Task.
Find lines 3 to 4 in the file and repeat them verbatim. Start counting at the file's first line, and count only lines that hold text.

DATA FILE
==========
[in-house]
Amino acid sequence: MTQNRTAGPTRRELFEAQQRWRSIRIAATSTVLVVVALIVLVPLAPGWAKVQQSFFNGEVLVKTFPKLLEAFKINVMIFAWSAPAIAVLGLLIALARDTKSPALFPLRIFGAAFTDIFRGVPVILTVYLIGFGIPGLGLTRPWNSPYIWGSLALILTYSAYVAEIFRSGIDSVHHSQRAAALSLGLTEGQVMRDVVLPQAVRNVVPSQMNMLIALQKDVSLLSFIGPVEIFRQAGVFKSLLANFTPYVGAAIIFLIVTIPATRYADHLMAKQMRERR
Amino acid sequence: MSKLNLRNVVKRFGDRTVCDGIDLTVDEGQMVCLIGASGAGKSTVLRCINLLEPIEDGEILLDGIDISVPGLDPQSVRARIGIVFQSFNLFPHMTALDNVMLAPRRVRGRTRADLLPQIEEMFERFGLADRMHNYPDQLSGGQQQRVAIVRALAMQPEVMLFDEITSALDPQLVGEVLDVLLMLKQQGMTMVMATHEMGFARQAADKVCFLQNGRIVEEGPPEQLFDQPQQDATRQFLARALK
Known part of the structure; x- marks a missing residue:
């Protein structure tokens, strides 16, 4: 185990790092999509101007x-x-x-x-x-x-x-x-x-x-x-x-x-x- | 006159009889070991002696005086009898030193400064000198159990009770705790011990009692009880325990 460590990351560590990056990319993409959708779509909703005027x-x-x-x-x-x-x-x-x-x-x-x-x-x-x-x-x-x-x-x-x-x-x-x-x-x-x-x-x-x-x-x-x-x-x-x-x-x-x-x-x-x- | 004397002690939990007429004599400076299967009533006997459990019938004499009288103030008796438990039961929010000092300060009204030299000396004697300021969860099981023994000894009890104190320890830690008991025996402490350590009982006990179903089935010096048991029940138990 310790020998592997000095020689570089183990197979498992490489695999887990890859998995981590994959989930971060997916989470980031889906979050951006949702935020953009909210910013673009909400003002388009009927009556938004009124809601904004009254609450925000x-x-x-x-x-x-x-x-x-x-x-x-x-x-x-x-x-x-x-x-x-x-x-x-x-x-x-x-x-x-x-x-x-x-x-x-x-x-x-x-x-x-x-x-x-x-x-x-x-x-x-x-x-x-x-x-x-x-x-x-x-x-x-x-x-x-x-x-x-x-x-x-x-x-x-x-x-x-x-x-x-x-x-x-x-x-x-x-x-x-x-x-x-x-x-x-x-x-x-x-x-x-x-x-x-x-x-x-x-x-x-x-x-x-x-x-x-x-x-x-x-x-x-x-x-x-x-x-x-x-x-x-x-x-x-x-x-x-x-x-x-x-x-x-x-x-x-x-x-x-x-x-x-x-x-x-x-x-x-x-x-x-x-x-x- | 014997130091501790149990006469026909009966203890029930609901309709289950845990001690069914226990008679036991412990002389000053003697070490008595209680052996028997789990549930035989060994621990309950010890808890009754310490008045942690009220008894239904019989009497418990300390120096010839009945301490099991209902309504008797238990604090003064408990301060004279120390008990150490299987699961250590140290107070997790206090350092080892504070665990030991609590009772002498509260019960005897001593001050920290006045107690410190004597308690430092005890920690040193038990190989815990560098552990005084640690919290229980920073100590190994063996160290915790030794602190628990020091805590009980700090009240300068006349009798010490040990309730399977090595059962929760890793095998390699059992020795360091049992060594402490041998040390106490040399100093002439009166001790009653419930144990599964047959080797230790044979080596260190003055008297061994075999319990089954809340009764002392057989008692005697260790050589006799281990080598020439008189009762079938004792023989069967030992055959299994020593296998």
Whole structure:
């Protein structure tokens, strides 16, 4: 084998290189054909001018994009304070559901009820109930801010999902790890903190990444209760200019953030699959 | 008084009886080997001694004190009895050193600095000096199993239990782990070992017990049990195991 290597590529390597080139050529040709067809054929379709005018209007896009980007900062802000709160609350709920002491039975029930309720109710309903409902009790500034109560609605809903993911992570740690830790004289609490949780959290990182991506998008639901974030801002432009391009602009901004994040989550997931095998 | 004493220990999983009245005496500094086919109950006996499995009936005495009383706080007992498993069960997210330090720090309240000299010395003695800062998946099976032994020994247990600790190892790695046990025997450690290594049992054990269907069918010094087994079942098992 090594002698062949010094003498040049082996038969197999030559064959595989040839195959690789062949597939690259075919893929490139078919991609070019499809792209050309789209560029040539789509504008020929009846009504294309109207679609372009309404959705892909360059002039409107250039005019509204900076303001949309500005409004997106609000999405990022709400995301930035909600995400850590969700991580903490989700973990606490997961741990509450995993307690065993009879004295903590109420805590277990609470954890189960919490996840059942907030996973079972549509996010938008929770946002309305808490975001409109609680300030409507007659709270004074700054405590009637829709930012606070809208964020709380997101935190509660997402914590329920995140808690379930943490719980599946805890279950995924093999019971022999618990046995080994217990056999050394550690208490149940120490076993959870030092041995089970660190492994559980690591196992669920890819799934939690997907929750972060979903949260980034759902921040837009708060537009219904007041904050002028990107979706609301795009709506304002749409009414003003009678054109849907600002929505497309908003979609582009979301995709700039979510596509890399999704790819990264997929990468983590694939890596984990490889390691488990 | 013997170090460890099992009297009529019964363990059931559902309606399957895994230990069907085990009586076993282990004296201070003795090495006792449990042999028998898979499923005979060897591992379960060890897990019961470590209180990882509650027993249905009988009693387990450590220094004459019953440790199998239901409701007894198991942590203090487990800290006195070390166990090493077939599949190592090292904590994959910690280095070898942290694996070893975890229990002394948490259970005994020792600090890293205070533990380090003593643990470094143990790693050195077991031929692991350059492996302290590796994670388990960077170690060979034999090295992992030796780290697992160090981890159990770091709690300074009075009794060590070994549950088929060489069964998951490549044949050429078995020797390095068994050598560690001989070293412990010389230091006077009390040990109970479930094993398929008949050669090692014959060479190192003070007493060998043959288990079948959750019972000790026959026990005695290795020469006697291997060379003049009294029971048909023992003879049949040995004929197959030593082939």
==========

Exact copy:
Amino acid sequence: MSKLNLRNVVKRFGDRTVCDGIDLTVDEGQMVCLIGASGAGKSTVLRCINLLEPIEDGEILLDGIDISVPGLDPQSVRARIGIVFQSFNLFPHMTALDNVMLAPRRVRGRTRADLLPQIEEMFERFGLADRMHNYPDQLSGGQQQRVAIVRALAMQPEVMLFDEITSALDPQLVGEVLDVLLMLKQQGMTMVMATHEMGFARQAADKVCFLQNGRIVEEGPPEQLFDQPQQDATRQFLARALK
Known part of the structure; x- marks a missing residue: